Climate sensitivity (S) is the change in global mean surface temperature for a doubling of atmospheric CO2 level.
If you want to do a simple calculation, you have to make some assumptions. Mine are:
1) "temperature" and "CO2 level" are the 10-year moving averages.
2) temperature change is proportional to the logarithm of the CO2 level. So
ΔT = T - T0 = k ln(C/C0)
where k is some constant, C denotes the atmospheric CO2 level, and the subscript "0" denotes the starting point (or really, any reference point). If you plug in C=2C0 you find
k = S/ln(2)
so you can calculate the climate sensitivity S between two points in time t1 and t2 by
S = ΔT [ln(2)/ln(C2/C1)]
where ΔT = T2 - T1. (This result isn't anything new, of course -- I've just presented it for full background.)
Again, I'll assume the "temperature" at any time is the average of the last 120 months up to that time, and the same for "CO2 level." Then for the Hadley Centre's HadCRUT3 surface dataset and for the UAH lower troposphere (LT) dataset, and using the seasonally corrected monthly CO2 levels from NOAA, I find
S(HadCRUT3) = 2.0°C
S(UAH LT) = 2.1°C
which agree better than I expected.
(Yes, I know the LT isn't the surface, but I thought I'd try it anyway.)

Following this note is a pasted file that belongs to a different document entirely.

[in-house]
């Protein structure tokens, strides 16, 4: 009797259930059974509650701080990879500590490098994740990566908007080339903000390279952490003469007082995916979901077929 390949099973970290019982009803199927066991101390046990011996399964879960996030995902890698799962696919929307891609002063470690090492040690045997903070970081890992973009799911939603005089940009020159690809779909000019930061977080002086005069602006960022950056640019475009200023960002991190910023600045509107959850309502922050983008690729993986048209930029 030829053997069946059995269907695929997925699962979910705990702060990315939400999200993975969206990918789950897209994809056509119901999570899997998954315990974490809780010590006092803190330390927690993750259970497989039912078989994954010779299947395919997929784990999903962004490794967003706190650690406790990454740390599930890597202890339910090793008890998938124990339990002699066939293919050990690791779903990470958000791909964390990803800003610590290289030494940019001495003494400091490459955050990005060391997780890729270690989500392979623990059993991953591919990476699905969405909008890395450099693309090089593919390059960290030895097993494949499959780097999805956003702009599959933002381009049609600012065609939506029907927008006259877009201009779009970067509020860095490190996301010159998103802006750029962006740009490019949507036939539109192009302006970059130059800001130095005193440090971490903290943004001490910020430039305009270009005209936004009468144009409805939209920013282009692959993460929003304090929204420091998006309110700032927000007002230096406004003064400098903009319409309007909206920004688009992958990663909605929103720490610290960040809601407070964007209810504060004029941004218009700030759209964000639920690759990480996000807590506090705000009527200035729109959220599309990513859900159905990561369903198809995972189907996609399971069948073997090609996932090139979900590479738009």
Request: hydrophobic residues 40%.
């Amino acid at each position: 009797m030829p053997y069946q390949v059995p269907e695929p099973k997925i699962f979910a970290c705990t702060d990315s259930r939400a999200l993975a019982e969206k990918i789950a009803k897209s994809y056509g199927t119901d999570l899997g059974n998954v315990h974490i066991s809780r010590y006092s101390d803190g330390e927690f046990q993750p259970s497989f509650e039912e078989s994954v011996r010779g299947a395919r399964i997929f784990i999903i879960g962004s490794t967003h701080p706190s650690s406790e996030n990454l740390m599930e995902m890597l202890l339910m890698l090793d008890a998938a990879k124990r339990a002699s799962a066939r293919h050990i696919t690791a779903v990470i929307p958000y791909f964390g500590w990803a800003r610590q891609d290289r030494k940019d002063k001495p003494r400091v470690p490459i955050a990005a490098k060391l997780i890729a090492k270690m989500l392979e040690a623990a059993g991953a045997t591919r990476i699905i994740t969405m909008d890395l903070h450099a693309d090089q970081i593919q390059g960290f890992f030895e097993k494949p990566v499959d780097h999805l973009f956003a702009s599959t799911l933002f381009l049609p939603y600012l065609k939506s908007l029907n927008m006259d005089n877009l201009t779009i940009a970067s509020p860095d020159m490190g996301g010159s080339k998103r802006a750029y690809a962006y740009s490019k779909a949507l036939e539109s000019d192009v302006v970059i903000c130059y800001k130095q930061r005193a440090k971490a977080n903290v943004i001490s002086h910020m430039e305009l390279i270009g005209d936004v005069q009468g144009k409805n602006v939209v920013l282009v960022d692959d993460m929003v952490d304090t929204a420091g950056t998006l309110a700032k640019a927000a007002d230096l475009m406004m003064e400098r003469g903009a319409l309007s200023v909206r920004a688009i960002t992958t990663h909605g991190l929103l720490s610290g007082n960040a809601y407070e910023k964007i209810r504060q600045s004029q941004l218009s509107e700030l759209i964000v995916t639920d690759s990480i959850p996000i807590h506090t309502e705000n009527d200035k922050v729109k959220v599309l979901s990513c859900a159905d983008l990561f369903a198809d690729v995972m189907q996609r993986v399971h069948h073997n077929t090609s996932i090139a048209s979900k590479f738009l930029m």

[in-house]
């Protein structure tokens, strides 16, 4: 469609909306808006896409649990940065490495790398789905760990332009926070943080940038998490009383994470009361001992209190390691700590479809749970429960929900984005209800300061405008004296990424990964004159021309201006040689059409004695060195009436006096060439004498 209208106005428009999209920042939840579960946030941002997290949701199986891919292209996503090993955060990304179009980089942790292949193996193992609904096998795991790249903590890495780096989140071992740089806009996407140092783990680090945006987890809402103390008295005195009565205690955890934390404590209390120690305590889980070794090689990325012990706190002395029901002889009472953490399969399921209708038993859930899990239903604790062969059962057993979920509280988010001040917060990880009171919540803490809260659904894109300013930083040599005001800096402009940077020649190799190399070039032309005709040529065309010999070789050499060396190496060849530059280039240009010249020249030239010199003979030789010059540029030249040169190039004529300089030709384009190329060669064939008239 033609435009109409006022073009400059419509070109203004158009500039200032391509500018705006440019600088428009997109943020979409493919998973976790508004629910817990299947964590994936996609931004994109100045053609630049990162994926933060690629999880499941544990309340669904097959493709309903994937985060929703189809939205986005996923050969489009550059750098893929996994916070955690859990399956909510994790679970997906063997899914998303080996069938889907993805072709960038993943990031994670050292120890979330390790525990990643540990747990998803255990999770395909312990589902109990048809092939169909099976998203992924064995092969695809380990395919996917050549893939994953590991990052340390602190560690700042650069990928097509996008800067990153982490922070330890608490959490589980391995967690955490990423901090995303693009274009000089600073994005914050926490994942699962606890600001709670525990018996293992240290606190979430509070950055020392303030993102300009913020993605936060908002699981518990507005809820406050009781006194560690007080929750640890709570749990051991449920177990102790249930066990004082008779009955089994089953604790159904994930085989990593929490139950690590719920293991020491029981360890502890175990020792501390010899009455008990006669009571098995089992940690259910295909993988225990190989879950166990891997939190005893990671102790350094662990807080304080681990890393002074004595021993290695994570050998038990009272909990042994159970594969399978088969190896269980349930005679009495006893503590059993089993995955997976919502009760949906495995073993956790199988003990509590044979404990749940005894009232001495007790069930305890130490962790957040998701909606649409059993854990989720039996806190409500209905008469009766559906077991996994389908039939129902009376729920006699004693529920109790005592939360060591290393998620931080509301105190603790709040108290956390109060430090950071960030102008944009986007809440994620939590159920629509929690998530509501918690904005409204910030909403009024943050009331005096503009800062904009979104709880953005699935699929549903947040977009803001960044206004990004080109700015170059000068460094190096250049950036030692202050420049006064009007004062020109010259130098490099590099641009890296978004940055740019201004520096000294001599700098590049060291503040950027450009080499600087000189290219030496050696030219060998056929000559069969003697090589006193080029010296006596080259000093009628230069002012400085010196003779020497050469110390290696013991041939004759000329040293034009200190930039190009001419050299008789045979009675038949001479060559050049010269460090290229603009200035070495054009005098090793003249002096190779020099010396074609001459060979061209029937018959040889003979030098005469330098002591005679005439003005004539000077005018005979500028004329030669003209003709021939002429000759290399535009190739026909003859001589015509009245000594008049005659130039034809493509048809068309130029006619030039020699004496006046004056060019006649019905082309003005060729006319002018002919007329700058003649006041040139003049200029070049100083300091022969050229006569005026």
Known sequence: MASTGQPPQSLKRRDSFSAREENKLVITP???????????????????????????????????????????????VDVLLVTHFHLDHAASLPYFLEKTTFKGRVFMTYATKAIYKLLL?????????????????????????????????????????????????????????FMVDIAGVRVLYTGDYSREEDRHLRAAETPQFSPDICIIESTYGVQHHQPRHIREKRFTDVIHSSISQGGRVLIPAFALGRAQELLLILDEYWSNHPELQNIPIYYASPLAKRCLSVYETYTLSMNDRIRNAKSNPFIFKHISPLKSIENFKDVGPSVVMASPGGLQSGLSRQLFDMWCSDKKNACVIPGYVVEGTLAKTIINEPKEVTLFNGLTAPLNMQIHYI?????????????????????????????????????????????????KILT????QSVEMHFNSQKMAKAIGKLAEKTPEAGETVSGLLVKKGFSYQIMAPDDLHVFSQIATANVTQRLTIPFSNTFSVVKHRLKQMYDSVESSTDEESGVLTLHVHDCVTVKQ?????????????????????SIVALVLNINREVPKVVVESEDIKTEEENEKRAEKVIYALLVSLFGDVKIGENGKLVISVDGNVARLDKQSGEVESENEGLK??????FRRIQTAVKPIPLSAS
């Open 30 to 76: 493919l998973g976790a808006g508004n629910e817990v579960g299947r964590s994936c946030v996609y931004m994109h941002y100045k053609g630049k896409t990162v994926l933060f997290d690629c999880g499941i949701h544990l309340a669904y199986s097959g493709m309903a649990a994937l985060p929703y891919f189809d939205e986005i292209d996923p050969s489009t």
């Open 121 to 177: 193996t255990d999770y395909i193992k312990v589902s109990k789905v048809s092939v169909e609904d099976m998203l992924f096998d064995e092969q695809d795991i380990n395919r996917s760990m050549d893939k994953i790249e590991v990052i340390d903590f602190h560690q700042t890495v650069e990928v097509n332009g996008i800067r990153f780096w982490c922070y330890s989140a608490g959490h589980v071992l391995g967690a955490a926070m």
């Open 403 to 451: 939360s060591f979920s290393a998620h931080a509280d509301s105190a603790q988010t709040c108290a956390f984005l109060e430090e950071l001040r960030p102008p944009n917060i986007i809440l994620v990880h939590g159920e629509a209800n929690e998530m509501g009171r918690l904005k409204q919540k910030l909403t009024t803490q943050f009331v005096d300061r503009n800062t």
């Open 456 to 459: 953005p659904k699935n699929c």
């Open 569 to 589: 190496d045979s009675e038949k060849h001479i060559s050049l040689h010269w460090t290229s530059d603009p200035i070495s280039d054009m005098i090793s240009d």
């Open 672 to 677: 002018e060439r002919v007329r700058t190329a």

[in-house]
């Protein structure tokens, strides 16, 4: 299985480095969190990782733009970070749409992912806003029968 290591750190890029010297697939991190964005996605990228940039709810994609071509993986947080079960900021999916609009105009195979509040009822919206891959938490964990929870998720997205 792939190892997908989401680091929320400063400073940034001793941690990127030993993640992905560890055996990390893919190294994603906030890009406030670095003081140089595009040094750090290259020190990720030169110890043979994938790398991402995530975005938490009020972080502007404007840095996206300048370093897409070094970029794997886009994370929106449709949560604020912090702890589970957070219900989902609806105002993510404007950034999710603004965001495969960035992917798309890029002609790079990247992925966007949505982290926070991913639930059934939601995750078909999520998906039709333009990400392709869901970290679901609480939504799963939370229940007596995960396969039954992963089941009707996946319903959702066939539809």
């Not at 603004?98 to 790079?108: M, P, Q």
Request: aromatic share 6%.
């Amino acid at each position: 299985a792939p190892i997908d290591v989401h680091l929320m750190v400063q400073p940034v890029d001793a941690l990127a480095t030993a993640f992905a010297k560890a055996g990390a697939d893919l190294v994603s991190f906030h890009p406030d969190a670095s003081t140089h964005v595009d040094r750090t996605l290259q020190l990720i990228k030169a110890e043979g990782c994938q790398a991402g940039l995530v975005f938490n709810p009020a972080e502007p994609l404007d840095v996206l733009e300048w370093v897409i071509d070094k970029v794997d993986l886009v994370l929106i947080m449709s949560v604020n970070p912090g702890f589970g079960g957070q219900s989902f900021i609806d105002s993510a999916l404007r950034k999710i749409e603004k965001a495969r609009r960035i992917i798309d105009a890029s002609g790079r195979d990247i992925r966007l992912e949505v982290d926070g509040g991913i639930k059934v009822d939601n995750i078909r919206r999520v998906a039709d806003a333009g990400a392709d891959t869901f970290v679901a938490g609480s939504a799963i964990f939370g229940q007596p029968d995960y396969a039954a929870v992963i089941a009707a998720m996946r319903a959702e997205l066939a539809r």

The first is calculated over the 44-year time period of Feb 1968 to today, because the CO2 dataset starts in March 1958. The second is over the 23-year time period November 1988 to today, because the UAH dataset starts in December 1978. If you instead use the 5-year moving averages, I find the current climate sensitivites are 1.5°C and 1.4°C, respectively, but they fluctuate by several tenths of a degree depending on what end period you pick. Other choices of temperatures, CO2 levels, and datasets are left as an exercise to the reader.
Of course, there are all kinds of IABs here (if, ands, and buts). I've ignored all other factors that influence climate, particularly aerosols. They're in the data, and may be keeping the planet cooler than it would otherwise be, but keeping the air polluted (and having to add more) hardly seems like a solution to the global warming problem (unless it involves, say, geoengineering by nonharmful aerosols put there on purpose, such as marine cloud brightening).
And, of course, feedbacks may just be starting to kick in, like ocean saturation, the ice-albedo effect, Arctic methane emissions, etc.
And temperature change may be more than (and more complicated than) log(C) for higher values of C. See, for example, Appendix B of the famous 1988 Hansen paper.
The IPCC finds S = 2.0 - 4.5°C, and the recent Schmittner paper in Science finds S = 2.3°C with a range of several tenths of a degree.
Is a climate sensitivity of 2.0°C worrisome? That, too, is left as an exercise for the reader. Right now CO2 levels are increasing at about 0.5% per year, up from about 0.4%/yr in 1975. That would imply CO2 levels will be about double the pre-industrial level of 280 ppm by about the year 2070.
US readers: remember, a change of 2.0°C is 3.6°F.